Harvey Roseff asks tough questions
Citizen activist Harvey Roseff has been asking tough questions all summer long. He scored a big victory for taxpayers when he organized a ballot initiative that stopped Byram Township from spending $11 million on new municipal facilities.
Mr. Roseff, who once ran as an independent candidate for the Sussex County Freeholder Board, raises so many important issues that we've decided to collect them and update the public from time to time. This is our first such installment.
Sussex County Freeholder Board
There is a controversy over a key county appointment that revolves around the question of whether or not there should be a vote of the elected Freeholder Board to confirm said appointment. The appointment is that of Carol A. Novrit, the county's social services director, who was promoted to administrator of the Department of Health and Human Services. We believe Ms. Novrit to be highly qualified, but as the appointment was made by an unelected official, we must join with Freeholders Vohden and Crabb in insisting that the entire elected Freeholder Board be given the opportunity of a public vote on the confirmation.
We are particularly concerned with Freeholder Director "Boss" Graham's assertion that he doesn't need to do things in public. The NJ Herald's Rob Jennings reported:
The decision to elevate Novrit, who started her new job Tuesday, was made last week by Acting County Administrator Ron Tappan.
Tappan consulted with the freeholders but did not seek a public vote.
Vohden, near the end of the 21/2-hour meeting, charged that state law required a public vote.
"When did I vote? Where is my consent?" he said.
Freeholder Director George Graham, in response, asked County Counsel John Williams whether the process that was used -- Tappan consulted with freeholders before making his decisions -- had followed the law.
Williams replied that it had.
Undeterred, Vohden said he planned to revisit the situation.
Tappan did not attend Wednesday's meeting.
Should the unelected Acting County Administrator be deciding on an appointment by backroom "consulting" out of the public eye? That is what public freeholder board meetings are for. Then he has the balls to skip the public meeting when questions could have been put to him about his behind-the-scenes "consulting" process? Wasn't this what "Boss" Graham criticized the old county administrator for? It would be base hypocrisy for Freeholders Graham, Lazzaro, and Rose to allow this and we hope the latter two will stand up to the former and ensure that he allows a public vote.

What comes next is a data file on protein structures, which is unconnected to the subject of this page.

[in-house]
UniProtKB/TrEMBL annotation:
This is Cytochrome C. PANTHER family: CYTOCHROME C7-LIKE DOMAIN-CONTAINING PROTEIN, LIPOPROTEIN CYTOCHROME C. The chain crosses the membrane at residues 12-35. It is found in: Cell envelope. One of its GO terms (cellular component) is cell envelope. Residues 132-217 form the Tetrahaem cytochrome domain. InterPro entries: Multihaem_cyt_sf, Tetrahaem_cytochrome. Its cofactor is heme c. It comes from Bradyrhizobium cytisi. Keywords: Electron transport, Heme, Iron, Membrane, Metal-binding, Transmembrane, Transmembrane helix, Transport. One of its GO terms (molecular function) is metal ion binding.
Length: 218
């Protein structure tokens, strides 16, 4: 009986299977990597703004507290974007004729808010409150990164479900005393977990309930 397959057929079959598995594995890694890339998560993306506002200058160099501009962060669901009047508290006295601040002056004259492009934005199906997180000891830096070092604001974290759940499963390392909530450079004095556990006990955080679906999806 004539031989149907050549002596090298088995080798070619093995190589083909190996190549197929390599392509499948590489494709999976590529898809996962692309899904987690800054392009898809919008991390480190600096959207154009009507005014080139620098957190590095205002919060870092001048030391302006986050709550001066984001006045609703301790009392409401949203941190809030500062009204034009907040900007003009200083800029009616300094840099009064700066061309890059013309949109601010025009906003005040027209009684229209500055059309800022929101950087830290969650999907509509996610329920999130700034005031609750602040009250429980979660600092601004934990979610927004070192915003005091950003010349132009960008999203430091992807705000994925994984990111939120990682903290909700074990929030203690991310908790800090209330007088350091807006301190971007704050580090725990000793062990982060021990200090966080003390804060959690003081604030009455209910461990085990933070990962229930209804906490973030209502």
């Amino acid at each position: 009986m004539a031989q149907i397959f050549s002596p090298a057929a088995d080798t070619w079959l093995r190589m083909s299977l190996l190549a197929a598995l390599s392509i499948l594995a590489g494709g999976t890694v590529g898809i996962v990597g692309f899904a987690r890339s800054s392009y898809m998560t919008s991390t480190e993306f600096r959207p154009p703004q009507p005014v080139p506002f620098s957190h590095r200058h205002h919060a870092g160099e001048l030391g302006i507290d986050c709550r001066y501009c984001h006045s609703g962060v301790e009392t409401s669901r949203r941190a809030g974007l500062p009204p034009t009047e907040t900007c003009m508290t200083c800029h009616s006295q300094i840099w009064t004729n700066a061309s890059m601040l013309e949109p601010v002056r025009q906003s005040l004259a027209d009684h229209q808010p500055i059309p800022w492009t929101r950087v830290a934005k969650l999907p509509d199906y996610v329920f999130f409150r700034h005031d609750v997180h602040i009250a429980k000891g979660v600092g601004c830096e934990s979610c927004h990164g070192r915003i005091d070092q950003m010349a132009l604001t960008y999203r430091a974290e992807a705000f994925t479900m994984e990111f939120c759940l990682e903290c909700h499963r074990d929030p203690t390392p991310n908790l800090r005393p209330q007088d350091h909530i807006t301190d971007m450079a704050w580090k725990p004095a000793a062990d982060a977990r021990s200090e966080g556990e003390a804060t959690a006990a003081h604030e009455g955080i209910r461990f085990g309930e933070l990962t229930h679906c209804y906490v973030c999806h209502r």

Mr. Roseff summed it up by commenting: "A lawyer, seeking his 30% payday by filing a piece of paper for a fee that buys a good lunch, should not be allowed to muzzle a government official. That's the role of a Judge after a trial. Freeholder Vohden - your opinion is why you were elected. Represent the people."
Hopatcong School Board
Referencing the fact that New Jersey has the nation's highest home foreclosure rate, largely because it has the highest property taxes in America, Mr. Roseff writes: "The BOE rains a foreclosure pox on its people. Hopatcong has had a 33% drop in student population and a 27% local revenue increase in budget over the past 10 years. In a deflationary time, that is a huge local burden increase for an aging homeowner demographic."
Roseff goes on to suggest that the candidates in this year's school board elections should "advocate for an immediate 10% cut in the budget with an additional 15% cut in the following 5 years."
Getting back to foreclosure rates for a moment. As of August 2016, these were the states with the top foreclosure rates in the country:
1 in every 1388 homes
Top 5 States
1 in every 544 homes
1 in every 622 homes
1 in every 740 homes
1 in every 807 homes
1 in every 824 homes
Sussex County, NJ
1 in every 325 homes
In Hopatcong, the foreclosure rate is more than double the state's rate, coming in at one in every 219 homes. Vernon, at one in every 190 homes, is even higher.
Frankford Township School District Board of Education
Earlier this week, voters in Branchville and Frankford approved $1.46 million in new school spending to replace the school roof and upgrade security at the Frankford Township School. The vote was taken in a special election, called for the purpose, and not at the November General Election.
The referendum passed with a nearly 65 percent majority -- with unofficial vote counts of 476 residents in favor and 260 against. There are 554 registered voters in Branchville Borough and 3,911 in Frankford Township.
Harvey Roseff commented:
"Here we have a BOE who derailed public participation. By calling a special election, it organized to avoid the full electorate participation of the November general election turnout. Yet the public's request to have fiscal responsibility is disturbingly countered by the excuse that BOE meetings are not attended.
This wasn't about 'architects', it was about correctly addressing an out of control tax and spend BOE personality.
At only 520 students, at $20,000/student, this BOE has not performed in the public's interest. Costs have soared - chasing Frankford/Branchville residents out of New Jersey. The BOE overhead and spending needs to right size through a consolidation process."